“I appreciate that words can have immense power. That is why terrible human beings try so hard to control and shut down the people who write and speak them. They are terrified of truth. I’ve also come to the conclusion that although humans are not a great species, compassion is a choice and I’m going to choose it.” — Maren Curtis 4/15/21
Who is Maren Curtis?
Maren Curtis is an Oakland, California-based screenwriter who is working on her first novel. Among other successes, her feature screenplay, “Let ‘Er Buck”, was the feature winner of the 2021 ScreenCraft Family Screenplay, and her short film “The Legend Of Stella” has been featured in festivals in both the U.S. and Canada. Maren’s background also includes work in international aid and environmental consulting. I got to know Maren when she lived in Portland and participated in a local writing group of which I’m a member. She’s a smart, insightful writer and a kind, big-hearted human. I always come away from reading Maren’s work feeling like I’ve learned something new to apply to my own craft.
J: Where are you from originally… where’d you grow up and what was it like growing up?
M: I was born in Las Vegas, Nevada, and I grew up thinking of myself as a third generation Nevadan, because both sets of grandparents were there too. I was a teenager when I realized that, in fact, I’m the only native Nevadan in my family. The most common reaction from people when I say I’m from Vegas is that I must have had a crazy childhood. But our suburb, Henderson, was heavily Mormon. So, not crazy in the way that people think. Plus, when you’re a kid, everything is normal until something happens that forces you to recalibrate your concept of normal.
I grew up surrounded by family and being part of a tight-knit community, but it felt lonelier than it seems like it should have been possible to feel. I was the youngest of five and I tended to get lost in the shuffle. There was a well-known trope about Mormons forgetting a kid at church and not realizing till they got home. But it really happened, I got left behind twice that I remember. I think my parents didn’t love being parents and they were pretty over childrearing by the time they got to me. That’s both good and bad – I never really bonded with my mom, but I got beat less than my older siblings. I was bullied by two of my brothers, though, so I guess they made up for any inequities in abuse dished out by my dad.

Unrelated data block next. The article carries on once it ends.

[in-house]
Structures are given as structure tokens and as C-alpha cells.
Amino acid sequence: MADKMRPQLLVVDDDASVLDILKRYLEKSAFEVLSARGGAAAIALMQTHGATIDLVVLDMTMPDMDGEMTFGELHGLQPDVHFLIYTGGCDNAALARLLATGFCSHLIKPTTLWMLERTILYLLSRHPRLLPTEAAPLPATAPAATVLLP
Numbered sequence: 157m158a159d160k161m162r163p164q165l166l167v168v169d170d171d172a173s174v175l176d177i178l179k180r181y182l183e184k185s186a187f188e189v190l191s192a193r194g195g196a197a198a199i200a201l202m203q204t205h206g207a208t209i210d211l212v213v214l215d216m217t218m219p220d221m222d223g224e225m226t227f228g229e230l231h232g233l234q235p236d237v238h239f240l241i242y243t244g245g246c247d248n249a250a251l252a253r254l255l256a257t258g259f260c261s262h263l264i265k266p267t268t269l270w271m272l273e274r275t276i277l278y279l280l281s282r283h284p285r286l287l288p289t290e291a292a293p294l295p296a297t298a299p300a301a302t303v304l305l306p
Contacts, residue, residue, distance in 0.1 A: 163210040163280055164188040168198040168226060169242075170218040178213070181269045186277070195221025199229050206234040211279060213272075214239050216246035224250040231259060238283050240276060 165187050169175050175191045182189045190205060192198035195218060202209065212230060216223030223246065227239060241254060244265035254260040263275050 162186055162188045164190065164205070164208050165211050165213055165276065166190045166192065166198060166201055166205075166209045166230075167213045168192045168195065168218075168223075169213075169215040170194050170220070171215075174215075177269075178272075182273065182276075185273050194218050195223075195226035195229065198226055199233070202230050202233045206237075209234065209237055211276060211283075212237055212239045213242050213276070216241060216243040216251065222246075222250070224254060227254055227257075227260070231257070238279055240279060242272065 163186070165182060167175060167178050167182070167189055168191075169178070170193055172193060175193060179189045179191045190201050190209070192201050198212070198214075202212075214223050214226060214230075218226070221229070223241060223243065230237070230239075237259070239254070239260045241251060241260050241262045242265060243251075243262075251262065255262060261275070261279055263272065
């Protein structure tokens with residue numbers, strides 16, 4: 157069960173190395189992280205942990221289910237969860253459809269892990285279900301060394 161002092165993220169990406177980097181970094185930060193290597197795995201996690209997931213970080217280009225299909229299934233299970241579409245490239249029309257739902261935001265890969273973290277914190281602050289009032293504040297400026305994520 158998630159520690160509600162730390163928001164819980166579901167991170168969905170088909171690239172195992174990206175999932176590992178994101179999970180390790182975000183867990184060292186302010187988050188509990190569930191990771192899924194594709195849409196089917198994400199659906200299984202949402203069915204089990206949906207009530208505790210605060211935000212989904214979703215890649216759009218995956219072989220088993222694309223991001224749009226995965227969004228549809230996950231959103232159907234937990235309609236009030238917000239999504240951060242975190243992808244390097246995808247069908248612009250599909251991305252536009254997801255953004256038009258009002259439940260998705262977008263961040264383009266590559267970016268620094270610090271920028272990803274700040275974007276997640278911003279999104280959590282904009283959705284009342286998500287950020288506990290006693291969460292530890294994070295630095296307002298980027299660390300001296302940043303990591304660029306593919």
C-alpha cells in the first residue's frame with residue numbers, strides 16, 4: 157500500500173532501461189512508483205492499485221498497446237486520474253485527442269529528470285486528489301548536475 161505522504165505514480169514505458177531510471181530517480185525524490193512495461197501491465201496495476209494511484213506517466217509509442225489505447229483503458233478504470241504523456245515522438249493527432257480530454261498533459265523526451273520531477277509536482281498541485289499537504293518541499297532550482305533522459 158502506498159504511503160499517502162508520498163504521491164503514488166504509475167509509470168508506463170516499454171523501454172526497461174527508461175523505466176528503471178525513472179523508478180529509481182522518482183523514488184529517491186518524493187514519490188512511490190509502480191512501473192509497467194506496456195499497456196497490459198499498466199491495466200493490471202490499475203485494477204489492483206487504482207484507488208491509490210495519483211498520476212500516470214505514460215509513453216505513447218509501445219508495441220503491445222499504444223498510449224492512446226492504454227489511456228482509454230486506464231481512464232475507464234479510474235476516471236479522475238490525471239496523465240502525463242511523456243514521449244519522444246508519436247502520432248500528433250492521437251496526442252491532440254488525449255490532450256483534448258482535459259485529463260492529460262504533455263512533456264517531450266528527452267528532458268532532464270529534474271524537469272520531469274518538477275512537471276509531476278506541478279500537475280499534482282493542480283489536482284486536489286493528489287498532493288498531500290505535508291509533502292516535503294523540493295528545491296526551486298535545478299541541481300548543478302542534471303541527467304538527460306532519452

What I associate most with my childhood is the desert. Mom didn’t care where we were in the afternoons as long as we didn’t disturb her piano students. We had a big yard with all kinds of fruit trees and a giant eucalyptus. I’d climb the trees and read until I dozed off or have gladiator battles with the different types of ants in the yard or find things for our pet tortoise to eat. We were on the edge of town, the paved roads ended at the elementary school, so if I had friends to play with, we’d hunt for desert roses or pick cattails or catch lizards. Dad was a geologist and a scout master so there were lots of hikes and camping trips.